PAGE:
Kanafani’s contributions continue to reverberate, serving as a poignant reminder of the enduring Palestinian struggle. His legacy is one of unwavering commitment, intellectual prowess, and a fierce determination to secure justice for his people, transcending generations and inspiring Palestinians across the globe.

Published Works

Men in the Sun

Men in the Sun is arguably his most celebrated work.

It’s about a trio of Palestinian men from different generations, all seeking employment, striking a deal with a clerk to be illicitly transported to Kuwait via a driver. The men undergo harsh treatment and are subjected to degrading experiences during the process. Frustrated by this mistreatment, they opt for an alternative plan, arranging to travel with a truck driver who himself is a Palestinian and has suffered surgical castration during the 1948 war.

Their journey unfolds as they are compelled to journey within the truck’s cargo bed, traversing the arid desert on their route to Kuwait. Along the way, they encounter multiple checkpoints where they are obliged to conceal themselves in an empty water tank under the scorching midday sun. The driver navigates the bureaucratic complexities of these checkpoints, procuring the necessary documents to advance.

At the final checkpoint, tantalizingly close to their destination of Kuwait, the driver is unexpectedly detained by checkpoint officials who taunt him with rumours of his personal escapades. This delay prolongs their journey. Eventually, as the driver gains clearance to proceed, he unlatches the tank only to be confronted by the grim sight of their lifeless bodies – the harsh conditions have taken their toll on the men.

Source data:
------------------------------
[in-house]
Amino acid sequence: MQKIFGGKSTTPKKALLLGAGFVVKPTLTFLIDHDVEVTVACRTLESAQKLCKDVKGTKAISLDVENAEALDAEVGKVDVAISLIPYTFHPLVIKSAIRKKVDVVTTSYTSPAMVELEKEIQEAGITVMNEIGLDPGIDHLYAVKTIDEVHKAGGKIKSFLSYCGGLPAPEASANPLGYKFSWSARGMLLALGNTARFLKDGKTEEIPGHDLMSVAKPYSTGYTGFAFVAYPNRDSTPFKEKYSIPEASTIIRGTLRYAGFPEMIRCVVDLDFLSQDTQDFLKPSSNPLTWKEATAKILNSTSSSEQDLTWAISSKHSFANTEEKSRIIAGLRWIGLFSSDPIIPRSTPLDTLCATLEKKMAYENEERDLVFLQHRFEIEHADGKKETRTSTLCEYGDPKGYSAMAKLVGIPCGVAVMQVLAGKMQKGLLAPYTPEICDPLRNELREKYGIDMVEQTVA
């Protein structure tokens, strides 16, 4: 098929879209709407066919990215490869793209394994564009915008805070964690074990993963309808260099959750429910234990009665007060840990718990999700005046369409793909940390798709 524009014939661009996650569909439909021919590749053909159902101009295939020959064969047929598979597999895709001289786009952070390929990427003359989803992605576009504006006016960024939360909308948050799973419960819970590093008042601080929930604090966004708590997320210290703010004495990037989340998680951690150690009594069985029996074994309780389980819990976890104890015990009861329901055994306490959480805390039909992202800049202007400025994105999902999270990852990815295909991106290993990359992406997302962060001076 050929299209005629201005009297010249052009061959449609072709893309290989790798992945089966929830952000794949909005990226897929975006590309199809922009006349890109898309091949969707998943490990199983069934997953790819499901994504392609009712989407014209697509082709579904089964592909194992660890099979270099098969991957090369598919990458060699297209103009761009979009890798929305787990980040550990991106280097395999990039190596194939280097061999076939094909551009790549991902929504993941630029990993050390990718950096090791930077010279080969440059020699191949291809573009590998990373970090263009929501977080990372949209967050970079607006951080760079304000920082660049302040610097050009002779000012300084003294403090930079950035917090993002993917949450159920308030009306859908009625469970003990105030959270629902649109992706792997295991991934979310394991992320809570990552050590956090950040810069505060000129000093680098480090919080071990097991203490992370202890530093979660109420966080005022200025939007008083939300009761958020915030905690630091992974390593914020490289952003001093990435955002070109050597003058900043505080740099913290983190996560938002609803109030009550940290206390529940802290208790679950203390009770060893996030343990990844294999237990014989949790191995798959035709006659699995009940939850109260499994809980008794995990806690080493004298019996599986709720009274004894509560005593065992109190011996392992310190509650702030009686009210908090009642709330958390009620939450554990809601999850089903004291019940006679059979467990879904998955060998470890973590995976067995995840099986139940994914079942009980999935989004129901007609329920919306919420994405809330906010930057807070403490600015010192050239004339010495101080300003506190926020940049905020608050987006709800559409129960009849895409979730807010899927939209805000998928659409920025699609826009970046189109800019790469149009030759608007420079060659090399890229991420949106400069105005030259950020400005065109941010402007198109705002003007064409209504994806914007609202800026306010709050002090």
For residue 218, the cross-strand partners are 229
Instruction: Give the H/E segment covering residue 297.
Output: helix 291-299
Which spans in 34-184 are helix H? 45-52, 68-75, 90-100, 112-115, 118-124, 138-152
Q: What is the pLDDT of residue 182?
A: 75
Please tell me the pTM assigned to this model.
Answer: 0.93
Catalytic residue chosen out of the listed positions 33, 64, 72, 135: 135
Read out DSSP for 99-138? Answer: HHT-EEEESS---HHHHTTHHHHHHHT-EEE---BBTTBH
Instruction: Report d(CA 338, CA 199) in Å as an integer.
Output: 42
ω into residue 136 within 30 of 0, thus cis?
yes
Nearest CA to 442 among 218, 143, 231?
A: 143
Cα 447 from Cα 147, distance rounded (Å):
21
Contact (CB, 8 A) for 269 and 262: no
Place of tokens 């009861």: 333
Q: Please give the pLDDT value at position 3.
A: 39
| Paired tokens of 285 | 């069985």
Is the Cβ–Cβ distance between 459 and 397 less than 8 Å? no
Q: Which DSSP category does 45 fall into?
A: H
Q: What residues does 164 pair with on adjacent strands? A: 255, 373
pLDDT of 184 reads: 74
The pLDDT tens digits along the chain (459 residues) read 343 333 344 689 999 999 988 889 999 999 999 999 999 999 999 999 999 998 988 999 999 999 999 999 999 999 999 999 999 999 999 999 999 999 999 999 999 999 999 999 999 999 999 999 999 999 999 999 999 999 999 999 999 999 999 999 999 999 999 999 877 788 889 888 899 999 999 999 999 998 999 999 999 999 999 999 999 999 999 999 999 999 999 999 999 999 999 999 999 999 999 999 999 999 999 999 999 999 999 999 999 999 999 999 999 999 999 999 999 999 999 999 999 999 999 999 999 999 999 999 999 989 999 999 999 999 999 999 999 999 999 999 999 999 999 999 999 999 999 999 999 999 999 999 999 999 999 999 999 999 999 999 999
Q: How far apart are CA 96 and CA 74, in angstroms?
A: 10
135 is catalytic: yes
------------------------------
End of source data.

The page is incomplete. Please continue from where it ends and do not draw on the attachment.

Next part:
This poignant narrative encapsulates the trials and tragedies faced by these Palestinian men as they pursue a modest hope for better prospects.

All That’s Left to You

“All That’s Left to You” unveils a compelling narrative spanning twenty-four hours, interweaving the tangible present with the echoes of the past for a brother and sister ensconced in Gaza, a region marked by separation from their kin. This anthology of tales serves as a testament to Kanafani’s standing within contemporary Arabic literature. Beyond merely depicting the hardships and dreams of his compatriots, the Palestinians, for whose cause he ultimately sacrificed his life, Kanafani stands out as a trailblazer in the expansive domain of Arabic storytelling.

Palestinian Children

A collection of short stories vividly depicting the experiences of Palestinians amidst the chaotic Middle East conflict. In each narrative, a child, despite being caught in challenging circumstances, transforms from a helpless victim into an engaged participant striving for a brighter future.

On Zionist Literature

For the very first time translated into English, Ghassan Kanafani’s “On Zionist Literature” delves into a deep analysis of a collection of literary writings that back the Zionist colonisation of Palestine. In this book, Kanafani dissects the works of authors like George Eliot and Arthur Koestler, intertwining his literary critique with a historical perspective. He unveils the political purpose and ideology behind Zionist literature, revealing how the tales used to validate the Zionist control over Palestine emerged and were frequently spread through popular literary pieces. This was done to garner support for Zionism and shape how the Western public perceives it.

You can purchase a copy of his work online.

Article image source: Middle East Monitor